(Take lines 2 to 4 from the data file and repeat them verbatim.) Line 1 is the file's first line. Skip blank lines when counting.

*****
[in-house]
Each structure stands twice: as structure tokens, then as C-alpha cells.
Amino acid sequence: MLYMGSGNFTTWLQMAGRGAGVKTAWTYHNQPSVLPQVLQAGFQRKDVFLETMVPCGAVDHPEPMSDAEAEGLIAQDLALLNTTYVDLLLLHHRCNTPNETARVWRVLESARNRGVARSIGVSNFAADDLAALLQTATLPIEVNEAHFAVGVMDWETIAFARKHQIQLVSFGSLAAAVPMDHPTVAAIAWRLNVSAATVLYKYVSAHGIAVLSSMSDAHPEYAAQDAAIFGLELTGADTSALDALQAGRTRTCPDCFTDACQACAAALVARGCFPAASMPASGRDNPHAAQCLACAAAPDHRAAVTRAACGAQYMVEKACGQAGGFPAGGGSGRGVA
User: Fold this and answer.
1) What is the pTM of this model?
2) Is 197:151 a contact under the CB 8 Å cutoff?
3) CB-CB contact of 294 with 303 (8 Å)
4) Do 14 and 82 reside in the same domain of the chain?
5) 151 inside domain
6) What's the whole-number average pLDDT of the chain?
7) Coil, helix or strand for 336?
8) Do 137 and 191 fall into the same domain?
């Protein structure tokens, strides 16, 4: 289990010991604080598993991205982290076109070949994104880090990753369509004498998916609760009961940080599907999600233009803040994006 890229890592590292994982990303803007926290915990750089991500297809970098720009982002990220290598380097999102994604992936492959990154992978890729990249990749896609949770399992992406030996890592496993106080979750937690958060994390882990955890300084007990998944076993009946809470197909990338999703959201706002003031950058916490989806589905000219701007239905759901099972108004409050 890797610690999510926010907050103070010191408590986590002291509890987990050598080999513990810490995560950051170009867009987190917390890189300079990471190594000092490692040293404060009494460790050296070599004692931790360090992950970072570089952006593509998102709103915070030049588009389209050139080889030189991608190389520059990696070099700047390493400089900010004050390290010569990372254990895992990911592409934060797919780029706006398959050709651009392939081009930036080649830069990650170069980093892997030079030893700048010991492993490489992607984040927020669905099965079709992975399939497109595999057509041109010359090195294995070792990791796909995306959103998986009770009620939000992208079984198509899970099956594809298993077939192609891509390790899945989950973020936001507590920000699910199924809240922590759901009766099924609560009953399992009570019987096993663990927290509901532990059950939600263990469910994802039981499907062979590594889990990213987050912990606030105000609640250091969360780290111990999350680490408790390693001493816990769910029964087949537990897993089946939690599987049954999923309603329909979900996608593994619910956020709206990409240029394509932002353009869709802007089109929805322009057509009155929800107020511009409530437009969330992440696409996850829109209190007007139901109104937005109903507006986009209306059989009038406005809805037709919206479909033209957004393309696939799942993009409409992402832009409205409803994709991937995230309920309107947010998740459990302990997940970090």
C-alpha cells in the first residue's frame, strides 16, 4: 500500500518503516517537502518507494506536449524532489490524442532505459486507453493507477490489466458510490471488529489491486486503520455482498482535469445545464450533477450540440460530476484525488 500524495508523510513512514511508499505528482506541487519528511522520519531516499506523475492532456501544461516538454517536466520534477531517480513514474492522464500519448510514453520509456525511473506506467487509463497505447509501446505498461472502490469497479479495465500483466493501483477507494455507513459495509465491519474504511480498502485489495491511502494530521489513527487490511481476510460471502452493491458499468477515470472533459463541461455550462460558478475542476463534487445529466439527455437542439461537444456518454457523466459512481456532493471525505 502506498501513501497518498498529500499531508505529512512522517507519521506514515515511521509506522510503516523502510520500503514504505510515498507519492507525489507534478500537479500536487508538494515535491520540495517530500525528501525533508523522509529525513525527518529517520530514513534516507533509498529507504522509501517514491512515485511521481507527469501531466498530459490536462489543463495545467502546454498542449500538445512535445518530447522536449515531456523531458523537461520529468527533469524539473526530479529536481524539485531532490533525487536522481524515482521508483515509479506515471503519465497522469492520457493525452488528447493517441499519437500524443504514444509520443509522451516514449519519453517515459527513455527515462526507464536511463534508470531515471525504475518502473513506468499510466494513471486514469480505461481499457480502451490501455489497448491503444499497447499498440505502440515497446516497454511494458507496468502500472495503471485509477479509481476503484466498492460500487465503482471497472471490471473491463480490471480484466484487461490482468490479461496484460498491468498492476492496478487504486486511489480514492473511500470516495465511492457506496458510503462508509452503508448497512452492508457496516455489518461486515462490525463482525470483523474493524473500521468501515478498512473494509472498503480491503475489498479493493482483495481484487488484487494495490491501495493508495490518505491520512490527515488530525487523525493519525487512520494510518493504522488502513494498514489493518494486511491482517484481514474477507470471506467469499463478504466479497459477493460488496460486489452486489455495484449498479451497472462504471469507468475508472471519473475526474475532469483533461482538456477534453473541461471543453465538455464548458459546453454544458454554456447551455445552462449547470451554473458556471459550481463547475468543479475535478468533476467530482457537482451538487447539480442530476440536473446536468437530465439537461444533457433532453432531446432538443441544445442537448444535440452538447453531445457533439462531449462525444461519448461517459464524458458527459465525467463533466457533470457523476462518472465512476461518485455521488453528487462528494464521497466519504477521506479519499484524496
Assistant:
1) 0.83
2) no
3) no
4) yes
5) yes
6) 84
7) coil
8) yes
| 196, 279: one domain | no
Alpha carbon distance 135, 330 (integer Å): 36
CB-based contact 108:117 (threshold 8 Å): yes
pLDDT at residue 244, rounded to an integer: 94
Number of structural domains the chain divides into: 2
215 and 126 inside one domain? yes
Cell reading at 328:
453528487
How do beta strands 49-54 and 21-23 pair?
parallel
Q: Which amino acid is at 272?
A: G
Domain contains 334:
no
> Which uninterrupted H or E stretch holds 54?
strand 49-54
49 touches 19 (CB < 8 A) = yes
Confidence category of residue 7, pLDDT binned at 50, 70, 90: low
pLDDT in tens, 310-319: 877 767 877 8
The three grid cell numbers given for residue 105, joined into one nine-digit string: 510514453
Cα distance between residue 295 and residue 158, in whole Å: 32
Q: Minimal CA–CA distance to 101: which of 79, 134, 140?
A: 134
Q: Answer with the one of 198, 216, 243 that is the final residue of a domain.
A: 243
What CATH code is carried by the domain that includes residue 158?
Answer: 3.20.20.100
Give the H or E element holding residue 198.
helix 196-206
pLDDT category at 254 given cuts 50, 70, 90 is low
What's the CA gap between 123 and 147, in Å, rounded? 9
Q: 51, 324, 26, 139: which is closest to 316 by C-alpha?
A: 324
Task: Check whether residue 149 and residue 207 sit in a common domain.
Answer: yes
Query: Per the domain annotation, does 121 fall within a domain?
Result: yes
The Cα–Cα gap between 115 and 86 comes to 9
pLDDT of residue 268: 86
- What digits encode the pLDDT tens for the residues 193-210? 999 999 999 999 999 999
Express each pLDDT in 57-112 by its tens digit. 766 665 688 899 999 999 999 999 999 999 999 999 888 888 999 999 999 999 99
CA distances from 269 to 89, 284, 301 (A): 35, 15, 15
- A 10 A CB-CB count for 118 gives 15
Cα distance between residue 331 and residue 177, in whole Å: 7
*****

Each structure stands twice: as structure tokens, then as C-alpha cells.
Amino acid sequence: MLYMGSGNFTTWLQMAGRGAGVKTAWTYHNQPSVLPQVLQAGFQRKDVFLETMVPCGAVDHPEPMSDAEAEGLIAQDLALLNTTYVDLLLLHHRCNTPNETARVWRVLESARNRGVARSIGVSNFAADDLAALLQTATLPIEVNEAHFAVGVMDWETIAFARKHQIQLVSFGSLAAAVPMDHPTVAAIAWRLNVSAATVLYKYVSAHGIAVLSSMSDAHPEYAAQDAAIFGLELTGADTSALDALQAGRTRTCPDCFTDACQACAAALVARGCFPAASMPASGRDNPHAAQCLACAAAPDHRAAVTRAACGAQYMVEKACGQAGGFPAGGGSGRGVA
User: Fold this and answer.